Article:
Obsessive thinking is pondering the same point over and over with no new insight or outcome. Remember the old vinyl records? When there was a scratch on the record, the needle would go back and play the same small section repeatedly until the needle was lifted. That is obsessive thinking.
The thoughts don’t have to be violent or sexual to be obsessive (although they can be both). They can be about virtually anything. The key is that the thinking is debilitating in some way. Perhaps there is increased anxiety, guilt, depression, anger, or indecisiveness. Here are some different types of obsessive thinking.
Focusing on the past. Some obsessive thinking is focused on the past. This is called rumination. A past event or person can trigger feelings of guilt, regret, loss, anger, hostility, resentment, isolation, or abandonment as if it just happened. Usually these feelings are followed by condemning or self-depreciating remarks. Once this pattern has begun, it takes a great deal of effort to move forward. A person might even feel stuck for the remainder of the day. Instead, counteract the negative remarks with a positive statement about growth or learning.
Feeling out of control. When life circumstances become overwhelming, it is common to feel out of control. This downward spiral seems to be never-ending. As part of a healthy survival mechanism, the brain finds an area of life that it can control. For some people, this escalates into obsession and hyper-focus on one particular topic. Sometimes this intense concentration can result in compulsive behaviors. Individuals struggling with a series of illnesses may obsess and begin to compulsively wash their hands. Instead, set aside two 15-minute blocks of time about twelve hours apart. Use this time to ponder the circumstances and then resist thinking about them the rest of the day.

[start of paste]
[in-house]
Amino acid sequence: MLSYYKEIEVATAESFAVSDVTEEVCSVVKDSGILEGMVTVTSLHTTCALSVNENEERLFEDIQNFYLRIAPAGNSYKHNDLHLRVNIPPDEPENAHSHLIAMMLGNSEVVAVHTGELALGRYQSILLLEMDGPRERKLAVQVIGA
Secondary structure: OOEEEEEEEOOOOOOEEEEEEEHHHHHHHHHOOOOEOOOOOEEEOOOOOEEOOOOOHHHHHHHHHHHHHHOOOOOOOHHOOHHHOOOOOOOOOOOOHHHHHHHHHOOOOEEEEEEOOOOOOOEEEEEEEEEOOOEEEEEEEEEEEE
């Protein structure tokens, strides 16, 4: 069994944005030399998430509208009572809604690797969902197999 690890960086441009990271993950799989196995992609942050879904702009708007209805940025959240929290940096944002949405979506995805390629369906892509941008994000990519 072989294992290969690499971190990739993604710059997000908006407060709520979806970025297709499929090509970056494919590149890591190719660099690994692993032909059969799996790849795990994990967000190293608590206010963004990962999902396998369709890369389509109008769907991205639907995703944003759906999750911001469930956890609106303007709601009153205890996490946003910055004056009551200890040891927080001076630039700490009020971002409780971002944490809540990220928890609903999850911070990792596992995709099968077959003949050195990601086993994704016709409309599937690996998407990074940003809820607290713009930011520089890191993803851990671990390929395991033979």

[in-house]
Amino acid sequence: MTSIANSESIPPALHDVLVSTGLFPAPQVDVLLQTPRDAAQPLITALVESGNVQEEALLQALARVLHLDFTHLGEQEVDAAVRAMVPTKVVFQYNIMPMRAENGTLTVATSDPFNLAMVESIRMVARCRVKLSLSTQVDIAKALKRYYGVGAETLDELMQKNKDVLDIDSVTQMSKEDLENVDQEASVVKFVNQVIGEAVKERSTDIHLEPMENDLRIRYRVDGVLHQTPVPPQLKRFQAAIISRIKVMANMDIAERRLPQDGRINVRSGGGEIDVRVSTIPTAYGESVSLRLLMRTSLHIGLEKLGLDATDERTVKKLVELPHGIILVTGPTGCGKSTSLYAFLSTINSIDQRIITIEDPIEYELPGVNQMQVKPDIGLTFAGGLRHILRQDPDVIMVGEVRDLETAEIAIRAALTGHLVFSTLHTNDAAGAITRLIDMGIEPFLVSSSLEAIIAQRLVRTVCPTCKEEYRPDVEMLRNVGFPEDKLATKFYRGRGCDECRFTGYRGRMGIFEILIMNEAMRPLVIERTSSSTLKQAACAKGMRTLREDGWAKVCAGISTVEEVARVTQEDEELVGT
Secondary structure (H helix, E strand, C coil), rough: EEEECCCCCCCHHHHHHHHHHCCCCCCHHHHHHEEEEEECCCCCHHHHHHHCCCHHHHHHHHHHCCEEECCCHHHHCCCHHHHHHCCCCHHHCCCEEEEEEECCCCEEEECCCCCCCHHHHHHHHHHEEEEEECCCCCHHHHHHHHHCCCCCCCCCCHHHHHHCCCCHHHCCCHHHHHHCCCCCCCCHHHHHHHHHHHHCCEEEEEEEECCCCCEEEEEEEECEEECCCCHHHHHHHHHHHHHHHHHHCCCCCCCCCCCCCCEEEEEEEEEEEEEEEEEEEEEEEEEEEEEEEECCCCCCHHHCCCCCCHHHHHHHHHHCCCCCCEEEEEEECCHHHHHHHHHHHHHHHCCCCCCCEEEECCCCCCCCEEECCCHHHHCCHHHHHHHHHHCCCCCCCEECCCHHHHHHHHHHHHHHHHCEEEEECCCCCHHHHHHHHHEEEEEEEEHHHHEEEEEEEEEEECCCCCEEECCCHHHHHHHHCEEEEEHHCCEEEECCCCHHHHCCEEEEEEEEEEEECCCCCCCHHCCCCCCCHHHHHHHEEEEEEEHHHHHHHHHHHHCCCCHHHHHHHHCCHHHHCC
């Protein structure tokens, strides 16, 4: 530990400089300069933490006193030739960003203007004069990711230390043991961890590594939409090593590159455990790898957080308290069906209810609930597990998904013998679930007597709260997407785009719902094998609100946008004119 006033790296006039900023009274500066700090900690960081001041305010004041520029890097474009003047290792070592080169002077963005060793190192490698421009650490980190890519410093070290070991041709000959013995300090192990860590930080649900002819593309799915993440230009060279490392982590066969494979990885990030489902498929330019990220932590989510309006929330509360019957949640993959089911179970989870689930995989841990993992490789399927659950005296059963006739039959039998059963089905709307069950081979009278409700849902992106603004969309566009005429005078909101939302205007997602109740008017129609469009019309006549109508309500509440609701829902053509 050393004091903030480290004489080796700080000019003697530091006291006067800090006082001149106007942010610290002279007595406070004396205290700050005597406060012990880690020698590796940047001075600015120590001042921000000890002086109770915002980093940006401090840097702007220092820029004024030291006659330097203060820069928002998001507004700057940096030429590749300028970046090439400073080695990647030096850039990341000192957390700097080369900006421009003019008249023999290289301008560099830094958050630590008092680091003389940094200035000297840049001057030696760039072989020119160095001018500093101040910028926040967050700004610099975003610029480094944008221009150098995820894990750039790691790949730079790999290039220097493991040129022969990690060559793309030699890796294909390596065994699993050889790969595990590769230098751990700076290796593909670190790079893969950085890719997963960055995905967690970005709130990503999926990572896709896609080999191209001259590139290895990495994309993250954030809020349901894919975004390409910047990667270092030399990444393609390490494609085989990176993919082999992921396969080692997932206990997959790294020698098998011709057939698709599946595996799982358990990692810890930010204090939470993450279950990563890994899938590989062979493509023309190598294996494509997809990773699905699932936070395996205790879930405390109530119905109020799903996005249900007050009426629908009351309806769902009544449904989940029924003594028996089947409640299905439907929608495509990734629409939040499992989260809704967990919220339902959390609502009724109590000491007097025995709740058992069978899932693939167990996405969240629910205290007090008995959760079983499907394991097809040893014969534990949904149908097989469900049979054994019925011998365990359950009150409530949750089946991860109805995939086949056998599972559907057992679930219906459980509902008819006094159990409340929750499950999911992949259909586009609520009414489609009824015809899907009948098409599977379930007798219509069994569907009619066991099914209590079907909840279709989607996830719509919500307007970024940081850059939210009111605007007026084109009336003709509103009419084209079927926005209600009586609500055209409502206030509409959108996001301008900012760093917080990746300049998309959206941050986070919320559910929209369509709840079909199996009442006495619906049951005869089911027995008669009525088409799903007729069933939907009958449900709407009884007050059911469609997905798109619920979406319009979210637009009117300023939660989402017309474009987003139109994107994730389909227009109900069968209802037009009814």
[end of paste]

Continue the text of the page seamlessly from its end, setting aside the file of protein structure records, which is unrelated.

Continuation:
Figuring it out. One common explanation for obsessive thinking is that it is an attempt to discover new facts or information to make better future decisions. This can be useful in limited amounts, especially if an error or negative outcome was the result. But too much contemplation can lead to paralysis. This is where a journal is beneficial. Writing down the lesson learned cements the information and removes the need to relive the experience. It also serves as a reminder not to further ponder the point.
Fantasizing new outcomes. Another byproduct of obsessive thinking is escaping through fantasies. These fantastic thoughts provide a private release of emotion. But it is not the thought driving the emotion; rather it is the emotion driving the thought. To discover the root of the problem, begin with the emotion. For instance, if the fantasies include bouts of anger, then perhaps there is some suppressed anger that needs to be released. If the fantasies are focused on intimacy, then perhaps loneliness might be the issue. Addressing the underlying emotion will help to relieve some of the thinking.
When obsessive thinking is confronted, freedom from inner chaos is the result. The brain can be trained to think differently.